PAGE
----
A Philadelphia nurse has been charged with assisted suicide for allegedly providing her 93-year-old father with a lethal dose of morphine.
Authorities say Barbara Mancini, 57, told a hospice nurse and a police officer on Feb. 7 that she provided a vial of morphine to her father, Joe Yourshaw, to hasten his death.
Mancini and her attorneys acknowledge she handed the medication to her father, but maintain she never said she intended to help him end his life and was only trying to help her father ease his pain — an act they say is legally protected, even if it causes death.
The senate’s recent plan to overhaul U.S. Immigration policy included a provision called the "Border Surge." It’s a multi-billion dollar plan that would double the size of the Border Patrol and expand the border fence.
Cybercriminals are scary, but at least the harm they do is just in cyberspace. So they hack your Twitter, or maybe cause a few zeros to disappear (temporarily) from your bank account. They can't hurt you in any real-world way, right?
There has been a recent push for humanist chaplains in the United States military. Around 13,000 active service members are atheist or agnostic. Here, U.S. Army soldiers bow their heads in prayer during Easter sunrise service at Camp Liberty in Iraq, in 2009.
In late July 1863 President Abraham Lincoln continued to set Union wartime policy. In a letter to Union General Henry Halleck Lincoln confided that he now opposed “pressing” George Meade to immediately engage Lee’s secure army at Culpeper, Virginia.
In a separate action Lincoln issued orders that his administration would “give the same protection to all its soldiers, and if the enemy shall sell or enslave anyone because of his color, the offense shall be punished by retaliation upon the enemy’s prisoners in our possession.”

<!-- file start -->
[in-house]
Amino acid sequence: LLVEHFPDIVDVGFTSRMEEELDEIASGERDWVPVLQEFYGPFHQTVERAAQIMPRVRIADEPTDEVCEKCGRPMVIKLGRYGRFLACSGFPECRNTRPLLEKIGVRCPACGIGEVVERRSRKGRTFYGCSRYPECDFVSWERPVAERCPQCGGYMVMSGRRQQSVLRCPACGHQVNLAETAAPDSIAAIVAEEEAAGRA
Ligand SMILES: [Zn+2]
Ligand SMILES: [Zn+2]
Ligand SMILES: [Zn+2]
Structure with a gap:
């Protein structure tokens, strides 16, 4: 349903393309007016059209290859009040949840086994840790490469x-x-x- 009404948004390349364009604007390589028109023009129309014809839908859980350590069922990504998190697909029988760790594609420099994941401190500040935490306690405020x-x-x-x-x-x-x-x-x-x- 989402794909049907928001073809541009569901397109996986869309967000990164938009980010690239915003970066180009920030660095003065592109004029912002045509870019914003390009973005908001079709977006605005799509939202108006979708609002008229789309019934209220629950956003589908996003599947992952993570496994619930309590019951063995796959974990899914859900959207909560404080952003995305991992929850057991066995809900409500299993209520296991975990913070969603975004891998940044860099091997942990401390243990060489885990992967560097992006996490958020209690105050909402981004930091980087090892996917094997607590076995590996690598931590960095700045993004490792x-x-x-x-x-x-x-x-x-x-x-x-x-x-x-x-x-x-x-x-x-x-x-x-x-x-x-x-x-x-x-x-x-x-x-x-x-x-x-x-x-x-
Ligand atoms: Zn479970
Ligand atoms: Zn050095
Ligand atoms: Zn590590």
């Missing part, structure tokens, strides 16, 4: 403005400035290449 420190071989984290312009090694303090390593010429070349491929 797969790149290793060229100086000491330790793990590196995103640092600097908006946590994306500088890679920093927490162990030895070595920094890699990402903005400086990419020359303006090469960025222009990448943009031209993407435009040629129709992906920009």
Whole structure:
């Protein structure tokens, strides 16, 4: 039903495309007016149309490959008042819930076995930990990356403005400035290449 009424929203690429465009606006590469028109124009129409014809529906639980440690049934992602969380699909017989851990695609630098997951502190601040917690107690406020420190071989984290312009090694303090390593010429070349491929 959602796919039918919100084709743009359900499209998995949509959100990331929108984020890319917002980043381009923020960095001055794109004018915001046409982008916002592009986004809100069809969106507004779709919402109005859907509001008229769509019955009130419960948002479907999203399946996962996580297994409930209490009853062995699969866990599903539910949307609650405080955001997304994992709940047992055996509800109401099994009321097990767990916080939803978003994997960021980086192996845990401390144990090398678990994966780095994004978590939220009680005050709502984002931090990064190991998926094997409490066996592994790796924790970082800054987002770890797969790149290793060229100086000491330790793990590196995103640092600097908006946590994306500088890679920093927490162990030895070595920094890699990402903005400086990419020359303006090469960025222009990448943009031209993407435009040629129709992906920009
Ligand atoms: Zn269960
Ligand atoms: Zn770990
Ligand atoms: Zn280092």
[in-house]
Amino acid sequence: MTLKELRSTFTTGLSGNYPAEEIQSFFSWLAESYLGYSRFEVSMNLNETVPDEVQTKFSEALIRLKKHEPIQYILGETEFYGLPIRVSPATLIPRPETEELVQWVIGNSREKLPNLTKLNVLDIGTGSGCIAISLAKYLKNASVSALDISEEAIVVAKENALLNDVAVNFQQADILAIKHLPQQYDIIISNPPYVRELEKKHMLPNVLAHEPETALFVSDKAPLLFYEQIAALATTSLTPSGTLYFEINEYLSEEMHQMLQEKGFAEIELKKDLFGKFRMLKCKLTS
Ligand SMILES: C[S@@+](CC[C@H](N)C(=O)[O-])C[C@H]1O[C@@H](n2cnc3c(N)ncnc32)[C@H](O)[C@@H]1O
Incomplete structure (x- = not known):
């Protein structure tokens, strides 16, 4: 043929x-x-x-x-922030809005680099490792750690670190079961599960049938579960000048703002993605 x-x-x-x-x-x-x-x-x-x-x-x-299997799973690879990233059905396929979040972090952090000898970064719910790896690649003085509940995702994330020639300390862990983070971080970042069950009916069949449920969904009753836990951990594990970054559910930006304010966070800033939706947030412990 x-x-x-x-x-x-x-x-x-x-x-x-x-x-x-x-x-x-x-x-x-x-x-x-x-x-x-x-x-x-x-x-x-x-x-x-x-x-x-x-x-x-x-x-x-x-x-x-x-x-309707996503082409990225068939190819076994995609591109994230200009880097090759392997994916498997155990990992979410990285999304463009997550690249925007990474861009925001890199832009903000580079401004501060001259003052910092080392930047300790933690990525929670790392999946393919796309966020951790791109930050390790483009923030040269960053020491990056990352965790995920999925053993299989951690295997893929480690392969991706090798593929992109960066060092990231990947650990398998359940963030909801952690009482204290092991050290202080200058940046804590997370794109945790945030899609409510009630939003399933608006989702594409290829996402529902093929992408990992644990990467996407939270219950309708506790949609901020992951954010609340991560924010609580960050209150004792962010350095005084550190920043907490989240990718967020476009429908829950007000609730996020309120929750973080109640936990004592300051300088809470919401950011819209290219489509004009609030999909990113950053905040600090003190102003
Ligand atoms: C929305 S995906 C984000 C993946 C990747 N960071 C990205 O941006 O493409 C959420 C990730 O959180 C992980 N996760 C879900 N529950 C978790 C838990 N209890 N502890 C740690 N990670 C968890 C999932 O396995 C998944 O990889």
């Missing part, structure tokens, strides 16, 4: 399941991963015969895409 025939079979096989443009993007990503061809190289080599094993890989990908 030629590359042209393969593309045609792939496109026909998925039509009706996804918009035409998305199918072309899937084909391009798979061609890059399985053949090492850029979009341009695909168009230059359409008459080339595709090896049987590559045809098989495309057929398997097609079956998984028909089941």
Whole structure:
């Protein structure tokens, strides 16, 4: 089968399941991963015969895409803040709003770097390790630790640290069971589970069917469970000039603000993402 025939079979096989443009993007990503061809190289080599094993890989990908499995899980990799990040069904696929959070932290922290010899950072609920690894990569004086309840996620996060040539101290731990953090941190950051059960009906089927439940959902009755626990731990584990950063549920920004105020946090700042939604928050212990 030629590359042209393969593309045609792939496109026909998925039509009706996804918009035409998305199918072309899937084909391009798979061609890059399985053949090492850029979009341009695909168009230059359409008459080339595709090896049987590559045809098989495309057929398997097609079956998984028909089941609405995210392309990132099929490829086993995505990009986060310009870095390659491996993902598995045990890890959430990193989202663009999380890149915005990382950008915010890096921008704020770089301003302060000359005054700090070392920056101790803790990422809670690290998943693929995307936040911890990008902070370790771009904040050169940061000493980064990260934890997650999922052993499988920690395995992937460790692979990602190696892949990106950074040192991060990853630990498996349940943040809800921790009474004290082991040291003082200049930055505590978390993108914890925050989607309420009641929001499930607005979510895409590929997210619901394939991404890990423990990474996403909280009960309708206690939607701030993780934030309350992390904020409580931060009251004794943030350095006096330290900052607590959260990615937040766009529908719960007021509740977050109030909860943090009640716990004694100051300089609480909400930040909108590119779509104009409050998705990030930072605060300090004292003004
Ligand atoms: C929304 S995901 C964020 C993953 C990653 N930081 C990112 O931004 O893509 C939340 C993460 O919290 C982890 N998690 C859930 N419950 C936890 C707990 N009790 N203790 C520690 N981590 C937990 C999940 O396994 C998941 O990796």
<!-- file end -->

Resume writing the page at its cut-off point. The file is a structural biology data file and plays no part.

After a meeting of the Federal Open Market Committee, the Federal Reserve said it will continue to buy $85 billion in bonds every month and will leave the federal funds rate at the historic rate of near zero.
The U.S. economy grew from April through June at an annual rate of 1.7 percent – a sluggish pace but stronger than in the previous quarter. Businesses spent more, and the federal government cut less, offsetting weaker spending by consumers.
The government on Wednesday sharply revised down its estimate of growth in the January-March quarter to a 1.1 percent annual rate from a previously estimated 1.8 percent rate.
NPR’s Yuki Noguchi looks at how a low growth rate affects the entire economy, from the job market to home buying.
Rep. Justin Amash, R-Mich., comments about the vote on the defense spending bill and his failed amendment that would have cut funding to the National Security Agency's program that collects the phone records of U.S. citizens and residents, at the Capitol, Wednesday, July 24, 2013. (J. Scott Applewhite/AP)
Bloomberg News is reporting that when House lawmakers leave Washington this week for a five week break they’ll be buttonholed at public events — even hounded at the grocery store — by advocates for and against immigration reform.
Beefing up border security is one flashpoint.
The Senate has passed a $46 billion plan to double the number of agents on the U.S.-Mexico border, and add more cameras, sensors, drones and fencing.